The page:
Genji-kokagami (“A Little Mirror of Genji”), a manuscript preserved in my library, has been republished with a bibliographic commentary.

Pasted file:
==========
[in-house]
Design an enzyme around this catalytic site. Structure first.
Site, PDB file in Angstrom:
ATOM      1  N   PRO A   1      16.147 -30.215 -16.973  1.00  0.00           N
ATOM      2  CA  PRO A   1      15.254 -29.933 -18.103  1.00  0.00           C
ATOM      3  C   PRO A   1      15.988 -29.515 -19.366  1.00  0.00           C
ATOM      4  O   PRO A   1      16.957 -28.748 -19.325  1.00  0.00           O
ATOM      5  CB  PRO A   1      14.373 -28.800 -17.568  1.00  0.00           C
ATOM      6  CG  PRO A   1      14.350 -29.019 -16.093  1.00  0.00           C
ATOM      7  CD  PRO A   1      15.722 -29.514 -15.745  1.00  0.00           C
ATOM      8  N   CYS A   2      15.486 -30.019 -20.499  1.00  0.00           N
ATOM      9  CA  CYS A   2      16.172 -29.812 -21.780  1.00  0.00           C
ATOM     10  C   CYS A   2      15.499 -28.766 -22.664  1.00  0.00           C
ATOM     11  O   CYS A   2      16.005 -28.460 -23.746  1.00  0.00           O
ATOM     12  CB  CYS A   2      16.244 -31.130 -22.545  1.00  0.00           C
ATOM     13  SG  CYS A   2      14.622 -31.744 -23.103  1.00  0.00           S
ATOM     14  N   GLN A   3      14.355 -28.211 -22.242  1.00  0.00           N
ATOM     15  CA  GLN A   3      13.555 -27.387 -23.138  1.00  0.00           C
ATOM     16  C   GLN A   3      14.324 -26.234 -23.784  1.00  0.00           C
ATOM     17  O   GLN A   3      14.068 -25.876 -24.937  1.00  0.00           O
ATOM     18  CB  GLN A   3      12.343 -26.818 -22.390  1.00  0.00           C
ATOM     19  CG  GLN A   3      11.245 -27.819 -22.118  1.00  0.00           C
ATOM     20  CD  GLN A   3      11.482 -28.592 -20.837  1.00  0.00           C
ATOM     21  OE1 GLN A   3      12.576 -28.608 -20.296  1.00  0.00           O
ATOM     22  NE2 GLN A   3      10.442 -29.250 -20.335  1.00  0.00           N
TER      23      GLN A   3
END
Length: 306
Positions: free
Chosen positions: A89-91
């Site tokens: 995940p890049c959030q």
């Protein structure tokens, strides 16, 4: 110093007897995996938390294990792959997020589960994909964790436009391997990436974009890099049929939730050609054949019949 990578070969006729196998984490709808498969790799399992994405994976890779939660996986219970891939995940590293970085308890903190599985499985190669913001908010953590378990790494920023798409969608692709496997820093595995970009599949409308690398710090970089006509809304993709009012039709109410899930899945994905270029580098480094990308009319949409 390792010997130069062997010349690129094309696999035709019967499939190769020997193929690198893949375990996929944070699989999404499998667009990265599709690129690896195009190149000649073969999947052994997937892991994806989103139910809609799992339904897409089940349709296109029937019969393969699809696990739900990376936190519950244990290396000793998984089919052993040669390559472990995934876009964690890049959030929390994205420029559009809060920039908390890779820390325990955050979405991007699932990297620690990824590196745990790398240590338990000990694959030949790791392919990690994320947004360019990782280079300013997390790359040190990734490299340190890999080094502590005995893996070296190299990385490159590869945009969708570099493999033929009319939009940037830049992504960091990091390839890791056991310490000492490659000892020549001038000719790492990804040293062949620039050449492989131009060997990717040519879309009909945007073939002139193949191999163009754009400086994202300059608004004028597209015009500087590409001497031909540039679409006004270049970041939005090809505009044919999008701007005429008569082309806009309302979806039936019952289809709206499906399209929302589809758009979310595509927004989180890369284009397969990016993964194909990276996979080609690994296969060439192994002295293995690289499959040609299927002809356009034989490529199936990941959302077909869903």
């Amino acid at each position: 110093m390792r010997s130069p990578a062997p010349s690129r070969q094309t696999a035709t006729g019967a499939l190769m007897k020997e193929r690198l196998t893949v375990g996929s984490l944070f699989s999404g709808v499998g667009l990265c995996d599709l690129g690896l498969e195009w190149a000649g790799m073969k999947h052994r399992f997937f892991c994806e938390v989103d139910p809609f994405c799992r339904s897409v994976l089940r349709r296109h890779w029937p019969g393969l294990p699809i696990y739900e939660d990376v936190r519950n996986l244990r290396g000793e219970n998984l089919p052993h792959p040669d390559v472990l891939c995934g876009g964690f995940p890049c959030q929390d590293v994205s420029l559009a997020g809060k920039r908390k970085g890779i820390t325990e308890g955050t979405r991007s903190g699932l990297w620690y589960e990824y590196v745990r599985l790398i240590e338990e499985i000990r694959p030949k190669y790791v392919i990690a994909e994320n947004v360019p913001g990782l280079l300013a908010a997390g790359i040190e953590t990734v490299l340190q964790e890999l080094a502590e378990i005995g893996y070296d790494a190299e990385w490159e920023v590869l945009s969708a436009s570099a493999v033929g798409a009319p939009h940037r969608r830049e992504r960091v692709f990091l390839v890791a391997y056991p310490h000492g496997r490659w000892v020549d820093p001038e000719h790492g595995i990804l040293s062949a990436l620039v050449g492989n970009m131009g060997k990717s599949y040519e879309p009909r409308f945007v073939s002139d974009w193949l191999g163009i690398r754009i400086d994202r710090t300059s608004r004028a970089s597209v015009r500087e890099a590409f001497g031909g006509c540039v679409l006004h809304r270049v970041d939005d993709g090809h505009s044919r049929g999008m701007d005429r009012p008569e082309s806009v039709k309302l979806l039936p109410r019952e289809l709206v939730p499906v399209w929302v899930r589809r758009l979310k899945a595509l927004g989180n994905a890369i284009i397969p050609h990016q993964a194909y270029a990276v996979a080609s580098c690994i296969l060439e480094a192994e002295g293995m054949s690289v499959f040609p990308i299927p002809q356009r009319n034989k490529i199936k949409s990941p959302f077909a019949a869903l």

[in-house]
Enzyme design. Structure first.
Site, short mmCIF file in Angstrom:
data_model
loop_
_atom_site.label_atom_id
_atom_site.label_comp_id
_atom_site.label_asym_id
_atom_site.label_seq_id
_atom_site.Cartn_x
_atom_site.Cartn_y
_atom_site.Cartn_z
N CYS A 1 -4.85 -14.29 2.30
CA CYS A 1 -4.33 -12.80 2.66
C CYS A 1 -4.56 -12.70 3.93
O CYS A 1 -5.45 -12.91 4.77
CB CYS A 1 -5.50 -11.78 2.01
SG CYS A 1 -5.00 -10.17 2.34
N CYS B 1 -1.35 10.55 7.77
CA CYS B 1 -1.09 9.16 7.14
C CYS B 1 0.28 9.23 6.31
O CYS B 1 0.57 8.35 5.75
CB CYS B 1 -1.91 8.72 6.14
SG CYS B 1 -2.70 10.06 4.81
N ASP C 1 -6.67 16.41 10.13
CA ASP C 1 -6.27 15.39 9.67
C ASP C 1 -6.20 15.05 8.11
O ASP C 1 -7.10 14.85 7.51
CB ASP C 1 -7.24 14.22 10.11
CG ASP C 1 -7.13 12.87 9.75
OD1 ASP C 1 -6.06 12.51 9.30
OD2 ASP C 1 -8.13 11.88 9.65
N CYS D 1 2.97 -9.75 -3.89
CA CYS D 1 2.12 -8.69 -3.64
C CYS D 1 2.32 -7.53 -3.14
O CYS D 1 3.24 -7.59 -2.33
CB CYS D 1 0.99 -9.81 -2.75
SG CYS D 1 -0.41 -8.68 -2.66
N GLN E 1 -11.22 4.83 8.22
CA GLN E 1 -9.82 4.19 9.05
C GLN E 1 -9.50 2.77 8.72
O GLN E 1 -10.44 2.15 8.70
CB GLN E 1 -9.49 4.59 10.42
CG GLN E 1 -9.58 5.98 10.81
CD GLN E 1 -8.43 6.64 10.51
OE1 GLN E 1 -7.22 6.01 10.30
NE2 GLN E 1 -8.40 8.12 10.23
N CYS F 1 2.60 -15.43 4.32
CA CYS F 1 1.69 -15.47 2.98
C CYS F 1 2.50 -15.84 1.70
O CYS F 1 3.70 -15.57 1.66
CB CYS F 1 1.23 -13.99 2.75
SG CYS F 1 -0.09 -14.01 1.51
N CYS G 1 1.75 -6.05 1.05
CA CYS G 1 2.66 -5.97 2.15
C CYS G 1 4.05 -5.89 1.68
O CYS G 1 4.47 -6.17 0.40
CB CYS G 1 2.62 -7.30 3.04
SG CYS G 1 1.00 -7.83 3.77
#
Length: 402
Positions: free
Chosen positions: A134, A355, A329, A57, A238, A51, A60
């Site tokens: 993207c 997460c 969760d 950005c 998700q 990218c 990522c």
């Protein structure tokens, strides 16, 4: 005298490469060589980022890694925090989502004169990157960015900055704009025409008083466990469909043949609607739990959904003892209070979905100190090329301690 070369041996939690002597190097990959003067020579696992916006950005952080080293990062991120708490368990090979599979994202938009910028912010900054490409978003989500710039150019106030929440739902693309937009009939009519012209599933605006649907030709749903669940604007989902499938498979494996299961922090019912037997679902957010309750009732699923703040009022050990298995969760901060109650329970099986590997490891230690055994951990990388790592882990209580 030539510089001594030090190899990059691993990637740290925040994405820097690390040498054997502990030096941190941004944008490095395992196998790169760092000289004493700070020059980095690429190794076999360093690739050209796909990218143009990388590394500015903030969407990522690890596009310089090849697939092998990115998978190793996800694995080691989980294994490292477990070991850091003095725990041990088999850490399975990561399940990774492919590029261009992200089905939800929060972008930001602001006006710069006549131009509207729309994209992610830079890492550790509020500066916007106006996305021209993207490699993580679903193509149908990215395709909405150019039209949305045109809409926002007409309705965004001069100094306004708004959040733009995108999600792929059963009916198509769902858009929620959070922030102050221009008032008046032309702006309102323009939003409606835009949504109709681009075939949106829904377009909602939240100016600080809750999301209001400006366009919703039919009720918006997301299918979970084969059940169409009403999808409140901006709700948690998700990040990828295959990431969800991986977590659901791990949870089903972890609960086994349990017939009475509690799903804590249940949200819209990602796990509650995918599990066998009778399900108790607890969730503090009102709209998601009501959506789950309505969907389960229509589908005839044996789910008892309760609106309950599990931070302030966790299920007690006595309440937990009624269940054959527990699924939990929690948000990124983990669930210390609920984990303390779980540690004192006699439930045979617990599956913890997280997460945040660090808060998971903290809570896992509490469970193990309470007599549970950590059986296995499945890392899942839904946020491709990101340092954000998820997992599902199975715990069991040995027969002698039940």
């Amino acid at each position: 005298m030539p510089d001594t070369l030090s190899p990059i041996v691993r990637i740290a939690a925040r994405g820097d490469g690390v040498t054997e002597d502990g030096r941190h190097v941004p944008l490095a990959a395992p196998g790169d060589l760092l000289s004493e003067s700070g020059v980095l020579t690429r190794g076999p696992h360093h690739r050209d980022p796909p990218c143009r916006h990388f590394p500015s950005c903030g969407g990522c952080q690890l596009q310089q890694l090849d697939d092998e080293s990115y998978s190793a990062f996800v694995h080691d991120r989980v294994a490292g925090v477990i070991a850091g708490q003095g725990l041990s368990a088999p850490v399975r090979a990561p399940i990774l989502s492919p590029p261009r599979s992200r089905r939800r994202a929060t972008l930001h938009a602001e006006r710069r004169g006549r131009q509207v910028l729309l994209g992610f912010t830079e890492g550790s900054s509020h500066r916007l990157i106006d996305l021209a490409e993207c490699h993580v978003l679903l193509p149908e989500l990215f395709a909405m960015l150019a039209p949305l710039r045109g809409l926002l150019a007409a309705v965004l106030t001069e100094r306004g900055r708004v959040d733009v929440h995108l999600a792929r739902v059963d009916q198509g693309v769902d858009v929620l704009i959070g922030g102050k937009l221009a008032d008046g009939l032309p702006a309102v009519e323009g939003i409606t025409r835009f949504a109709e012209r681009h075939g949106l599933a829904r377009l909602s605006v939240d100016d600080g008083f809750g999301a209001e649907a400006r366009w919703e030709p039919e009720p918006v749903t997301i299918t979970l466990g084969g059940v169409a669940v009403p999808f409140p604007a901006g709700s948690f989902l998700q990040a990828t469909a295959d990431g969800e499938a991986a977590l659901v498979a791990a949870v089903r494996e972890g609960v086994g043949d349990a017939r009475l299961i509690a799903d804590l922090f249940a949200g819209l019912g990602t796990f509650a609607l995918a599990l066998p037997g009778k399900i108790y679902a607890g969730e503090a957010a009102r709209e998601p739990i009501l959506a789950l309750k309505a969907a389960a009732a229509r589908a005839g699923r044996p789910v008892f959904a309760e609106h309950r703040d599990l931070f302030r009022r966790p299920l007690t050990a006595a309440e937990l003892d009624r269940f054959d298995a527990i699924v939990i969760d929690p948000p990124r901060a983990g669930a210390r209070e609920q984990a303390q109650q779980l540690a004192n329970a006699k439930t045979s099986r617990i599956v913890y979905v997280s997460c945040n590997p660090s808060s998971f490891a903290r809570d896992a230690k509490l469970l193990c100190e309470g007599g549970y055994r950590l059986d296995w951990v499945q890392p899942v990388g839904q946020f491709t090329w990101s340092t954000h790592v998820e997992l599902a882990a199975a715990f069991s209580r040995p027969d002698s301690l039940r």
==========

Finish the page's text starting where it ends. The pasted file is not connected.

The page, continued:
Genji-kokagami comprises of two sections. The first section introduces lore regarding the circumstances surrounding the writing and dissemination of The Tale of Genji (Genji monogatari). It also discusses the main themes and significance of The Tale of Genji, primarily from a Buddhist perspective. The second section provides commentary about the characters appearing in The Tale of Genji, distinguished according to family (“genealogical”) ties and relationships. Keiji Inaga, a prominent scholar of Japanese literature, named the second section of Genji-kokagami as Genji-keizu-kokagami, which emphasizes the manuscript’s “genealogical” nature as it throws light on the relationships among the characters in The Tale of Genji. From this perspective, reflections are added to the printed materials or “guides” related to The Tale of Genji, which were published during Japan’s Middle Ages. The library of Waseda University contains Genji-sho (“Notes on The Tale of Genji”), a text that also comprises of two sections like Genjikokagami, but the order of the sections is reversed in Genji-sho. The general commentary section of Genji-kokagami is similar to that of Genji-no-sakui (“The Central Themes of Genji”) housed in Hosa Library (Hosa bunko), Nagoya. Both sections of Genji-no-sakui are written in the 7-5 syllabic rhythm style. While the contents of Genji-no-sakui and Genji-kokagami are different, it is highly probable that these two texts were written by the same author as these works were written at the same premises and for the same purpose.